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In true Dior style, the old has been blended with the new. Raf Simons’ first couture collection with Dior was one of the most anticipated of Paris Fashion week and in one very stylish and respectful move, Simons established something beautiful.
Rooms adorned with flowers, supplementing the usual wallpaper, the classic pieces of Dior’s ‘New Look’ of 1947 were dusted off and new life breathed in. A voluptuous collection of elegant suits, evening wear, gowns and modern dresses bore bold colours and decorative techniques with classic silhouettes of the New Look. What was most striking perhaps was how well the old mixed with the new, in a way, merging the new path Dior has with Raf Simons, whilst maintaining the elegance of the label that Dior sought to establish.
Day wear was classically clean and elegant, perfect for central coffee dates and long business lunches. Suits were varied from the perfect cut of cigarette trousers and fitted jackets in black to pairing them with beaded bustier tops, boasting oversized peplums. In contrast were the elegant skirt suits, reaching down to the shins with matching texture jackets in pastel shades of blue and pink. Waists were tightened up with circular belts, polished metal pieces, for a bionic addition to the New Look ensemble.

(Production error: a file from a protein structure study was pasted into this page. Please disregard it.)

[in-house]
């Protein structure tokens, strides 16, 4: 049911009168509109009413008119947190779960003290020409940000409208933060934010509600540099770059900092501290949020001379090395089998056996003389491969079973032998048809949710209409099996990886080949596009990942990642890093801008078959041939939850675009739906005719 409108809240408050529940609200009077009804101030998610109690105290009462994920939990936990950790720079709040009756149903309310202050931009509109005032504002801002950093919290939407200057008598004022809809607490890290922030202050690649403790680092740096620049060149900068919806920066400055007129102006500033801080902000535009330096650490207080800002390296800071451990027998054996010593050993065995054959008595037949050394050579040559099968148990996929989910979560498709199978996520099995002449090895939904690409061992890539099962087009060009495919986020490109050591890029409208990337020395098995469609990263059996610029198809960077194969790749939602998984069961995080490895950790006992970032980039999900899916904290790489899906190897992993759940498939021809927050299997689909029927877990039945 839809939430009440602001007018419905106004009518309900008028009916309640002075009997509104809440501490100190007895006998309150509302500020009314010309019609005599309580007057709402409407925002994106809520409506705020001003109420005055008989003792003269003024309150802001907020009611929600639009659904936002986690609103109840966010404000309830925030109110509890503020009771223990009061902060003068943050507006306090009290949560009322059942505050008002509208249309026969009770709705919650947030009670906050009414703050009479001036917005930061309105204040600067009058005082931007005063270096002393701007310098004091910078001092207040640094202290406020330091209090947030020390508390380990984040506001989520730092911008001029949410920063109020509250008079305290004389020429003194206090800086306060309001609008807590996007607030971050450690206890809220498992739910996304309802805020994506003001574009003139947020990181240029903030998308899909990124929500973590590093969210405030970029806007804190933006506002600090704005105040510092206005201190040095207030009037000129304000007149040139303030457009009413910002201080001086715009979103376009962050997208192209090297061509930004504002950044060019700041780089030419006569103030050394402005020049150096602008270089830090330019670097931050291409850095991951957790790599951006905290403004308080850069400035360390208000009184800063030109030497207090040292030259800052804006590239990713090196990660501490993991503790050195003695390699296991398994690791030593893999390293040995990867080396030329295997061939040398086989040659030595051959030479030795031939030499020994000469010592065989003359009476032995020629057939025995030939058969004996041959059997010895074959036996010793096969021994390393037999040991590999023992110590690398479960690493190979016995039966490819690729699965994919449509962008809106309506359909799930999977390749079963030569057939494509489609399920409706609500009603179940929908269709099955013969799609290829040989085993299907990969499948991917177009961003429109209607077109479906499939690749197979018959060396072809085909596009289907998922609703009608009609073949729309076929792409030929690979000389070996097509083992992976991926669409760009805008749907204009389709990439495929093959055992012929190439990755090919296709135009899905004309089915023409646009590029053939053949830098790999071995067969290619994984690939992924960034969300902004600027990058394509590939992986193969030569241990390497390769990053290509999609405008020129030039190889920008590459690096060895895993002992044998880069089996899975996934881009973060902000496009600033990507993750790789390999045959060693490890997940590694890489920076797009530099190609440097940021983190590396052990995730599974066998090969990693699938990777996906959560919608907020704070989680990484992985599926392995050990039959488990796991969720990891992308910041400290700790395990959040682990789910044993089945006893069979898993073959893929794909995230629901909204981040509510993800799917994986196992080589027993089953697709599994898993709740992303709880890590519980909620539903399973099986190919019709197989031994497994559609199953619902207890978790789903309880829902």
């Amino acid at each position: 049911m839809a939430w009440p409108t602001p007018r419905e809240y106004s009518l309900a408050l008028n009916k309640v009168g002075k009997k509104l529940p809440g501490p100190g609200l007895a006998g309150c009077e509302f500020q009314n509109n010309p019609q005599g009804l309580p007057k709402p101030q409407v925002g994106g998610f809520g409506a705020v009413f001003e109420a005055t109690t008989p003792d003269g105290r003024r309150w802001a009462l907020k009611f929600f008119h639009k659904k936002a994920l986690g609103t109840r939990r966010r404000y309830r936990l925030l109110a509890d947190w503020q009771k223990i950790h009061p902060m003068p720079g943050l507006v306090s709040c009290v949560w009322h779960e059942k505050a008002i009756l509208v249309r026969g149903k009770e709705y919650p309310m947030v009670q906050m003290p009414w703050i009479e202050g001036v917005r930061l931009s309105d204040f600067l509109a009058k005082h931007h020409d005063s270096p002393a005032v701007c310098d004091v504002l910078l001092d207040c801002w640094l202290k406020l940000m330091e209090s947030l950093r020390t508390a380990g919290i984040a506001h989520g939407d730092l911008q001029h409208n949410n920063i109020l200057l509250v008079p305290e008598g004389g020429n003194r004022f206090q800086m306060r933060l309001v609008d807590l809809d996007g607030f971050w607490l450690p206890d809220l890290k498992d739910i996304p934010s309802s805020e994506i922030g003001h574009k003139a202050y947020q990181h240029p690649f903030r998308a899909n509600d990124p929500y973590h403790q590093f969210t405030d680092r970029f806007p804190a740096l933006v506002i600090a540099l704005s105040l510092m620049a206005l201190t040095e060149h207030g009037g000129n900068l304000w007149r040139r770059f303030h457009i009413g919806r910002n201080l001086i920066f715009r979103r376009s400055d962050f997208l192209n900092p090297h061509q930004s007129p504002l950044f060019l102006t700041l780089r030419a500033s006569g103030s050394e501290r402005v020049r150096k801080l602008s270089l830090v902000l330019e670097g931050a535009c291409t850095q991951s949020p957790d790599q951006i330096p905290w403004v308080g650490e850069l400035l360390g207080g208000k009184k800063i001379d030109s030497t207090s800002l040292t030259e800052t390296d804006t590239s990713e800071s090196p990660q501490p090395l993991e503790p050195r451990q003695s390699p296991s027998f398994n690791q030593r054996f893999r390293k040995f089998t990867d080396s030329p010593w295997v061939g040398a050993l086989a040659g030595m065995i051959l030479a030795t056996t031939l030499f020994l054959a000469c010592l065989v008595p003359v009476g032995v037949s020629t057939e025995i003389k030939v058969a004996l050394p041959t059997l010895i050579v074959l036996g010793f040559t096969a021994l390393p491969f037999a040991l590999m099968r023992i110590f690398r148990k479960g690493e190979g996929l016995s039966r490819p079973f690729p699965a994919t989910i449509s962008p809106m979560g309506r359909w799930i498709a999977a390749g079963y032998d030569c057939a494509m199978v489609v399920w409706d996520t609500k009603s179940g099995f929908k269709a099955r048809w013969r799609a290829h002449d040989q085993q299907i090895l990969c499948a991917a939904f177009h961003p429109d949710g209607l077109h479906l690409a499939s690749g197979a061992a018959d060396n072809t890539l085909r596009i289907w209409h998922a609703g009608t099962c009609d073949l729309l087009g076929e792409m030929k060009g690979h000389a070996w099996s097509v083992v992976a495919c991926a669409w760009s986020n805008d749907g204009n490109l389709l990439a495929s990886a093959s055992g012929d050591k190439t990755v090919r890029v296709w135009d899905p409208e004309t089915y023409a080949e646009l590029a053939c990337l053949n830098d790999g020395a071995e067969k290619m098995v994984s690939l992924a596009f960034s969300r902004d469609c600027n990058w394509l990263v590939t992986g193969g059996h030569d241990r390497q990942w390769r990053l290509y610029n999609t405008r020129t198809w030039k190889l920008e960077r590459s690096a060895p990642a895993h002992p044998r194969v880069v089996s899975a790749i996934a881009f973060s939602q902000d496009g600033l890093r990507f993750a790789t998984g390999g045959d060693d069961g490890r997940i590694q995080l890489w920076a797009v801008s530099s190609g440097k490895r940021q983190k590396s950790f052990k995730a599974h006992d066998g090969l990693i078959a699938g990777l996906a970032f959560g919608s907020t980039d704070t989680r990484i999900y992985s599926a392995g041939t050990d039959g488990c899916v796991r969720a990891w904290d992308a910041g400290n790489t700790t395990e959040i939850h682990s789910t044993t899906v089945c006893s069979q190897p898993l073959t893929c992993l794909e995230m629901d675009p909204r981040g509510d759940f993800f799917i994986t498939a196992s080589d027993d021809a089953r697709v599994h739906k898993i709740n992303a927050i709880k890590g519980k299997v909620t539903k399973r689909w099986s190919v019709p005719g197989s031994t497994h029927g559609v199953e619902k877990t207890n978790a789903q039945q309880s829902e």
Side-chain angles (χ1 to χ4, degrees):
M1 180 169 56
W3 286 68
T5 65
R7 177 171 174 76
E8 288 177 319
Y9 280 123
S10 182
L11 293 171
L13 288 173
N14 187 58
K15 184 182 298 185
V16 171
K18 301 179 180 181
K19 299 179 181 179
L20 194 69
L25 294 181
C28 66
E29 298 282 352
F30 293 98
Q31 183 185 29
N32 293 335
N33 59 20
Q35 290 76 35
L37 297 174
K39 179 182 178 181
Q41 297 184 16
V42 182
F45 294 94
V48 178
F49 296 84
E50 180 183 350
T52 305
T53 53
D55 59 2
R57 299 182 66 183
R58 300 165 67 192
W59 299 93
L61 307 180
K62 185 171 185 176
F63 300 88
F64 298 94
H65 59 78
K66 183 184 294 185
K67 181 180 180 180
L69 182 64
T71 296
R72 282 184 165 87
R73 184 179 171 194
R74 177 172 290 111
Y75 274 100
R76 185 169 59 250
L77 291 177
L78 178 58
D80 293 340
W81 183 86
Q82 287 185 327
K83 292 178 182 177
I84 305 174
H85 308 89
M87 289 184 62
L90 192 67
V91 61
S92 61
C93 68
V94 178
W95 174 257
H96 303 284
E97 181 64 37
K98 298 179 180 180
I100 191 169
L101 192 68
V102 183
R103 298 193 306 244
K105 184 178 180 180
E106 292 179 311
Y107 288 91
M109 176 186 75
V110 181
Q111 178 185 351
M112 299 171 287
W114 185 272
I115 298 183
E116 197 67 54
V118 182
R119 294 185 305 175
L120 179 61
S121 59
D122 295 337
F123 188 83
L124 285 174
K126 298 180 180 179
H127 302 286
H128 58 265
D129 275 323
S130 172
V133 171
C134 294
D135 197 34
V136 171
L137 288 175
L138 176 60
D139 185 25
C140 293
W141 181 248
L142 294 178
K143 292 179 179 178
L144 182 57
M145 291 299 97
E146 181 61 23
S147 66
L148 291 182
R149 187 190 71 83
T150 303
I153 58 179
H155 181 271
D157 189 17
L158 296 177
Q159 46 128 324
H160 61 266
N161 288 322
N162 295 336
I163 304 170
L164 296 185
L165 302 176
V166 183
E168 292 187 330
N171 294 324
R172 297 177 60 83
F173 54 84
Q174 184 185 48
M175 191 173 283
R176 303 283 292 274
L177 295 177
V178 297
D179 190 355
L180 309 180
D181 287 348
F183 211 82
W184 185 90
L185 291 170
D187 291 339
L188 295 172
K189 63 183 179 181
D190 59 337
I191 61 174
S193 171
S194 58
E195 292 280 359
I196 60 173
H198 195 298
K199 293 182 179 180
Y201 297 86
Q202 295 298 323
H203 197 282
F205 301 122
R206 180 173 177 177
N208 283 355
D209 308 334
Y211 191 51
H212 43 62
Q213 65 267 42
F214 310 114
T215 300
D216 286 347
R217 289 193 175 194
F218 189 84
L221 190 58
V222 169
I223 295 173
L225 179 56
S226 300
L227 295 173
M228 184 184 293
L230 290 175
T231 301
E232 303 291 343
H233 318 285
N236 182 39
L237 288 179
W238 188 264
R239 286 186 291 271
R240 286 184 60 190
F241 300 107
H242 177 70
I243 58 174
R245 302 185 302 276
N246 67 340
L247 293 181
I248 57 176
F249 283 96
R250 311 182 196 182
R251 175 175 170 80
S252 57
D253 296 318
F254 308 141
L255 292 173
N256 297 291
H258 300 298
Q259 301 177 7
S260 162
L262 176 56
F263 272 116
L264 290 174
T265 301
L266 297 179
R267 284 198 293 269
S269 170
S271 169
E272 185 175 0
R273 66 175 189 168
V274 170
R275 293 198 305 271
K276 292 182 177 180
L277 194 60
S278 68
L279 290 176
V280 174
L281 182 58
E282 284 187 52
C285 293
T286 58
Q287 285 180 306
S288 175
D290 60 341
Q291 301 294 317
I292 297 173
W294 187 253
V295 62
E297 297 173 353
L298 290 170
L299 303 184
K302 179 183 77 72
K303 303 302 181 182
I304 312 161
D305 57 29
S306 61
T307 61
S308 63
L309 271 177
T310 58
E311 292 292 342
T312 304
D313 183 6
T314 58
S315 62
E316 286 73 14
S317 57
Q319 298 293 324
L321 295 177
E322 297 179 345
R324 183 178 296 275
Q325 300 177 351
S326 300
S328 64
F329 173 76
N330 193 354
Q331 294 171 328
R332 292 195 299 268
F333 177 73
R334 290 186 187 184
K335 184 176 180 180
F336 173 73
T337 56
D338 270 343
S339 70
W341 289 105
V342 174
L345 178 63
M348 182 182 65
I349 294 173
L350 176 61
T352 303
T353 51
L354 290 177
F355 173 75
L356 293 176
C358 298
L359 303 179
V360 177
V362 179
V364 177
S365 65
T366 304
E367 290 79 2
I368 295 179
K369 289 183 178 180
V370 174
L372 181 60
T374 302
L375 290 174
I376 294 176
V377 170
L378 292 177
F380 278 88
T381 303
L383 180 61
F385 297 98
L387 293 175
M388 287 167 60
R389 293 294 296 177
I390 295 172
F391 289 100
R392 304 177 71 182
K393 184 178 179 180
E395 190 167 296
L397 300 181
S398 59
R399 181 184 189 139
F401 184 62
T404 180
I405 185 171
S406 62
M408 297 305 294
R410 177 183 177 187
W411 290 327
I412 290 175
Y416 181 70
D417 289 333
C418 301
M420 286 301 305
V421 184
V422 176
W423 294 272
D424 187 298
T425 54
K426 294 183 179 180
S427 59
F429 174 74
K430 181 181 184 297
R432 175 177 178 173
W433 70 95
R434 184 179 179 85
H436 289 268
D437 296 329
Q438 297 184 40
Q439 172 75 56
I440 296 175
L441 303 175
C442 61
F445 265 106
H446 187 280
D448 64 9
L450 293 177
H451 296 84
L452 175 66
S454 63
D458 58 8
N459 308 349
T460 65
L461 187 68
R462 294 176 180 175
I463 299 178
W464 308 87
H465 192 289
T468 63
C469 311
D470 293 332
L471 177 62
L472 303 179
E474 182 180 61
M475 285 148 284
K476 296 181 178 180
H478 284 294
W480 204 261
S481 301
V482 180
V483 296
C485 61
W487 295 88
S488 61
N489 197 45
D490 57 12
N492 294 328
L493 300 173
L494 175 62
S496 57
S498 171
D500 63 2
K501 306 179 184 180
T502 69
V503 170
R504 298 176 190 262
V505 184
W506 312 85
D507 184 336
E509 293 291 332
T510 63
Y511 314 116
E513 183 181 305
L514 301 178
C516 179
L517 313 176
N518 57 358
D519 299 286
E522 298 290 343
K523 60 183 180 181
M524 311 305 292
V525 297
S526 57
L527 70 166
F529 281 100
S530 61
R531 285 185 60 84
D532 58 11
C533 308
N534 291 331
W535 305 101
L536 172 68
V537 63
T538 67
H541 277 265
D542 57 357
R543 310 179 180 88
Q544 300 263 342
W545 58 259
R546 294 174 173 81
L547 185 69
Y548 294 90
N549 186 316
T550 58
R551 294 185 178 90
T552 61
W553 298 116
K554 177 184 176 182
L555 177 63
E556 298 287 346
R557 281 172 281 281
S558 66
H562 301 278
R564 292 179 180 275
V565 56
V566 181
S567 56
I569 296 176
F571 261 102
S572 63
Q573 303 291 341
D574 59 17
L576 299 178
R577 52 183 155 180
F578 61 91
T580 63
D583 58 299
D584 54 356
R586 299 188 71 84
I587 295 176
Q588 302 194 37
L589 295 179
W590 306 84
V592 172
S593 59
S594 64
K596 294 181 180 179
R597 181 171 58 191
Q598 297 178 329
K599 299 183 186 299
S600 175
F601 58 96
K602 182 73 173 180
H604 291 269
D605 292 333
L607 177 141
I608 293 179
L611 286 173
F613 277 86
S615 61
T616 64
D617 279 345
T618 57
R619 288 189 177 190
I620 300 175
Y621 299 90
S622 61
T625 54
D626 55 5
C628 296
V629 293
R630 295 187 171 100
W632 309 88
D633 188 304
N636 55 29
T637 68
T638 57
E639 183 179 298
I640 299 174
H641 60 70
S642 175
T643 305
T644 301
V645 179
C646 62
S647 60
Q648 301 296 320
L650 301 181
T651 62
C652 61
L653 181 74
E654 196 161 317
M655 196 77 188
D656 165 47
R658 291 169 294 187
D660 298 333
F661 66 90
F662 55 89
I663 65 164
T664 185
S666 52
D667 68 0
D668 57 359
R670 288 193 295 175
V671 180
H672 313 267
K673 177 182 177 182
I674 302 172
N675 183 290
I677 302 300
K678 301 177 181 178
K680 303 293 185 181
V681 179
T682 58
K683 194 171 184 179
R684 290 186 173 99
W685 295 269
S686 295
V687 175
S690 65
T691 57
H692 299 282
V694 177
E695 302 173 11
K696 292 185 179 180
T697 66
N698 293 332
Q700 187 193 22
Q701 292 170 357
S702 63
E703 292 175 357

Evening wear was a cosmopolitan collection of modern colour, classic decoration and timeless shapes. Red, yellow, pastel pink and black stood out in more classic cuts of the strapless dress with a full skirt. What was most thrilling though were vast tent-like dresses, some with a tiny waist, with solar-system like prints and colours, splashed across the skirt panels. Suit dresses and dress-coats also appeared in shades of grey, charcoal and light blue for more office appropriate attire – true to the Dior woman and her lifestyle.
To finish were dresses that flawlessly merged the history with the future of the house. Full-length skirts of red and fuchsia split to reveal the same cigarette trousers, layered with silk or tulle. Lastly, muted tones of grey and peachy-pink were layered over white silk in a slim line dress with beads for extra glamour.
Considering the recent move to the label, Simons’ scope of understanding the primary characteristics of the label is very impressive. Not only did he capture the essence of Dior and what Lady Dior wears, but flawlessly merged new ideas and creative techniques for a fresh face for the label and its years to come. The splashes of neon colours and metallic make-up added the perfect modern touches. Although they were out of character for the collection, they provided an interesting contrast, a hint to how the collections of Dior will be in the future; something fun and modern, whilst respectful to its roots.